Deuteronomy 22:9 commands “thou shalt not sow thy vineyard with diverse seeds: lest the fruit of thy seed which thou hast sown, and the fruit of thy vineyard, be defiled.” The people who know us best give us interesting looks after we shout “amen” to the preacher on a Sunday morning. This “look” is in contemplation of how we live our lives from Monday to Saturday inside the home. Sure, we are sowing good seeds for the fruit of the vineyard by taking our children to worship services and saying a blessing over the evening meal. This good seed, however, is contaminated by the “diverse seeds” sewn by other habits in our lives contrary to holiness and sanctification. There must be order and consistency in the messages we are living outside of the church walls. The line between legalism and liberty is fine and often gray as both have many common principles.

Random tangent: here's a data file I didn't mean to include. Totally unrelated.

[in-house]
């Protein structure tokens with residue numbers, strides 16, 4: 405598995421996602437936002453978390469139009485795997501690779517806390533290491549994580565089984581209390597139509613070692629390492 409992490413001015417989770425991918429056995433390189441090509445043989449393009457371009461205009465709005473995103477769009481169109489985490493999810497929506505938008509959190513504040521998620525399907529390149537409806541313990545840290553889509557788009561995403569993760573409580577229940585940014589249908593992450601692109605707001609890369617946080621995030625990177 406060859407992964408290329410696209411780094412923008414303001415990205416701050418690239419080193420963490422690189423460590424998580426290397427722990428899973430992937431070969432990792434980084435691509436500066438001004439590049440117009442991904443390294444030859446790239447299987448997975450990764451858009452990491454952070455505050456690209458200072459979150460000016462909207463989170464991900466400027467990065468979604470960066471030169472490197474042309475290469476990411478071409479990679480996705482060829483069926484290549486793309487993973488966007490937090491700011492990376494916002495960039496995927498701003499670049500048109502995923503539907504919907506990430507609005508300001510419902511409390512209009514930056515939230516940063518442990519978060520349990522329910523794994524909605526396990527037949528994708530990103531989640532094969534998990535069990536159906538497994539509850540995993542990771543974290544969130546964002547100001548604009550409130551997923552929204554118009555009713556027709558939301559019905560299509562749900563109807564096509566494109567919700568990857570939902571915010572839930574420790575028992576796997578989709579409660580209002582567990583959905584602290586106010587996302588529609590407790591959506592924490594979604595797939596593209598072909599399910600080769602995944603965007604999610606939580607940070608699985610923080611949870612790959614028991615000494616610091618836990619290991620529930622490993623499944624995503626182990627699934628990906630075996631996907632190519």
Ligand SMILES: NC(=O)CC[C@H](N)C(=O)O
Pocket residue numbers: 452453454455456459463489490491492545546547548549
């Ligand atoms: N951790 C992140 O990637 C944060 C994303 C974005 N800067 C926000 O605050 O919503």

In Corinthians 8:9, Paul wrote, “but take heed lest by any means this liberty of yours become a stumbling block to them that are weak.” Deep consideration should be given to many circumstances; for example, the consumption of alcoholic beverages with our young children present. Paul explained that eating meat around those who do not believe in its consumption could be a spiritual hindrance even though completely legal. Similarly, engaging in a certain behavior around the young or weak may indeed be perfectly acceptable and legal, but we must consider whether it is sowing diverse seeds.
5. Order in Our Relationships